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Immaculate Conception of the Blessed Virgin Mary church

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Address: Pokrovskaya str., 43 (formerly Komsomolskaya str.)
Year of construction: allegedly 1849


Today it is not known for certain when exactly this stone church of the Immaculate Conception of the Blessed Virgin Mary was built in Izmail. According to some reports this happened in 1849. However, documents directly confirming this fact have not yet been found.

The plate “I.N. 1927” can be attributed to more specific facts – it is located on the building of the office of the Roman Catholic parish, adjacent to the church. Letters I.H. most likely should be interpreted as “From our Lord Jesus Christ”.

It is also reliably known that in the second half of the 19th century premises for the housing of priests and farm buildings were built. The parish also owned a large plot of land, so the priest served a large farm. A parish school also functioned at the church.

Authorization for the construction of a church in Izmail was obtained by mid-1845, but state loans to construction projects were refused (not for the first time). The Consistory in Kamenetz-Podolsky instructed the Roman Catholic community to find other sources to cover the costs associated with the construction of the temple.

1930 вид на костел измаил
1930. View of the church from the City Garden (it is visible behind the trees).

The authorities closed the church after the accession of our region to the Soviet Ukraine in 1940. On July 10, 1940, the NKVD arrested the last priest, John Khondru, who worked in Izmail for more than 30 years. On June 8, 1941, he was sentenced to eight years in prison camps where he died.

In 1947 (in other sources – in 1949) the executive committee of the Izmail city council handed over the temple building for equipping a sports hall here. Wardrobes and toilets were equipped in auxiliary rooms and a gym in the temple itself. Due to the unsatisfactory technical condition of the building, which was badly damaged by seismic hits, in 1995 the city authorities closed the gym and put the building for sale. The priority right to purchase was granted to the Catholic Church.

Church authorities refused to buy the building, asking about free return of the temple. Efforts to return him back began in 1993 – about 150 Izmail citizens declared their belonging to Catholicism. They all insisted on restoring the parish.

On October 3, 1996, the authorities handed over the keys to the destroyed church to believers in the presence of Stanislav Padevsky, the bishop of the Kamenetz-Podolsky diocese, Father Jan Mukha, as well as parishioners Vanda Golub, Elena Podorozhnaya, Isabella Ivanyuk, Bronislava Borkovskaya, Lyudmila Zhdanovich-Oleynik.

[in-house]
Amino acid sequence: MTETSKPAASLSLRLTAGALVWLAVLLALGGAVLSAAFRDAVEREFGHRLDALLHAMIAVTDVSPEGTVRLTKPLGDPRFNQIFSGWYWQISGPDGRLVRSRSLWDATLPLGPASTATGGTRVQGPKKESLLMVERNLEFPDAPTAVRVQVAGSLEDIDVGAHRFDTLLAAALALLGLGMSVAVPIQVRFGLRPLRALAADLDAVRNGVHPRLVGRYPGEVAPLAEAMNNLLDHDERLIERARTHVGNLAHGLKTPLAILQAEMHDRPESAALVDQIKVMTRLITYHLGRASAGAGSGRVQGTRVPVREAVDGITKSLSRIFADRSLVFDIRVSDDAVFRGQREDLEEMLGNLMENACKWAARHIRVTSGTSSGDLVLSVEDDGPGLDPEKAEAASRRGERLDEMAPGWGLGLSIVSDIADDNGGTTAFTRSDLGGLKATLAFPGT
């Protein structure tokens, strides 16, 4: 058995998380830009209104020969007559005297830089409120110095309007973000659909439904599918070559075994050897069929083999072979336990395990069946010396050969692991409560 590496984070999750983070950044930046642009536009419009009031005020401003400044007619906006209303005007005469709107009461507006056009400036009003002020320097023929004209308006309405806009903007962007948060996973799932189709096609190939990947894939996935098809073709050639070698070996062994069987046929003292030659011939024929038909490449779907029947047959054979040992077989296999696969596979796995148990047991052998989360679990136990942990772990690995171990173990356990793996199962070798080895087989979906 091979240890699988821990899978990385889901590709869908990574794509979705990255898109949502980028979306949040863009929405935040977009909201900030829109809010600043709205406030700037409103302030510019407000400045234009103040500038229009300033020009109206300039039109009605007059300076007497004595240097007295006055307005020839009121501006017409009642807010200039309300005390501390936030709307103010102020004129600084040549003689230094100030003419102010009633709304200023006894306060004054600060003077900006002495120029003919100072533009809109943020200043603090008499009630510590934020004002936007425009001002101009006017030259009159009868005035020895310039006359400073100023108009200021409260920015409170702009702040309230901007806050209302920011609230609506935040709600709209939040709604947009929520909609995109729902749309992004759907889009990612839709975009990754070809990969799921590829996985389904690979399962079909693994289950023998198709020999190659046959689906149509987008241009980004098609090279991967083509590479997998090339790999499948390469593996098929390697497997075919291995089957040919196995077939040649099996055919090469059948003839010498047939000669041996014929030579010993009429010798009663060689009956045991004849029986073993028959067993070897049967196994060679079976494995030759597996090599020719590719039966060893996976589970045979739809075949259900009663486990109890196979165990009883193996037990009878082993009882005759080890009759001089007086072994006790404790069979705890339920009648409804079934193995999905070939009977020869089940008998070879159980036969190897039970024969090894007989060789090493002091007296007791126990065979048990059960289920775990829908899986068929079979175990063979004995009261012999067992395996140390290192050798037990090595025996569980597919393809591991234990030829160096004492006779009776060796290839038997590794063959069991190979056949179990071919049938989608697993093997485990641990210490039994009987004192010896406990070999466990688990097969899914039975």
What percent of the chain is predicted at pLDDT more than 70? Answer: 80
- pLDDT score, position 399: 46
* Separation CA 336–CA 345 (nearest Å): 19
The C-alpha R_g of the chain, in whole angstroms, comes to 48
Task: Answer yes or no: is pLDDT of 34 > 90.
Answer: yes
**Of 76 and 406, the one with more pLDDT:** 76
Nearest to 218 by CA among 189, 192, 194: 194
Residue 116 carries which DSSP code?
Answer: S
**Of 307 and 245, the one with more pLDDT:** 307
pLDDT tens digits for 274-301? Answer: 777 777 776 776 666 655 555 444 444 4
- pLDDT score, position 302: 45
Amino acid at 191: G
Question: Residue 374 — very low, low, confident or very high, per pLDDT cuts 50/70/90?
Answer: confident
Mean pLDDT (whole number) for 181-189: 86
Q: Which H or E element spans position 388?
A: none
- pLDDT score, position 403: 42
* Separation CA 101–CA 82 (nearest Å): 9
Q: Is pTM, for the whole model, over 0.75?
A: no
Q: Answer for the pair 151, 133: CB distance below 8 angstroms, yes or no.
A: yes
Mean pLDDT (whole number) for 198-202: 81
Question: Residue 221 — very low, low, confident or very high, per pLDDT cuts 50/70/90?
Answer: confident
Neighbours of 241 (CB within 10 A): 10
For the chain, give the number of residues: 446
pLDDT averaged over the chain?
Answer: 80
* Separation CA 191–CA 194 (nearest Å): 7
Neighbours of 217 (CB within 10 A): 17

It should be noted the great contribution of Wanda Golub (1920 – 2004), that she made to the process of returning the Catholic church. Having settled in Izmail in 1938, Mrs. Wanda never stopped dreaming about restoring a defiled church. At a fairly respectable age she took on the shoulders the organization of this work. She went to Warsaw and Kamenetz-Podolsky, asking for a priest to be sent to Izmail for permanent service, participated in negotiations with the city authorities regarding return of the temple and took an active part in its revival.

On May 3, 2003, the priest Romuald Blevonzka became the rector of the parish of the Immaculate Conception of the Mother of God in Izmail. Under his leadership the overhaul of the temple began. First of all, they strengthened the foundation and walls of the shrine, renewed the roof and windows. The former flat ceiling was replaced by a dome. They built five small towers that perform decorative functions.

At the initiative of Father Romuald the belfry restore work was carried out too – it’s a typical detail of Roman Catholic churches. This work was mainly done by parishioners. The construction of the tower was completed in 2006, the top was covered with a spire made of galvanized metal and crowned with a Catholic cross. Funds for the repair of the temple were allocated from the Vatican funds, as well as from the German charity fund “Kirche in Not”. In 2008 Father Romuald Blevonzka was forced to return to Poland due to a serious health condition, where he underwent a heart transplant.

The Roman Catholic parish in Izmail is the smallest religious community in the city. It consists of about 100 believers, 50 people attend worship services regularly. Since 2008 the rector of the parish is Fr. Adam Shikhovich. In addition, a vicar and two Benedictine sisters work in the parish. The sisters help with the catechism, which is held regularly on Saturdays and Sundays, and organize summer camps for children.

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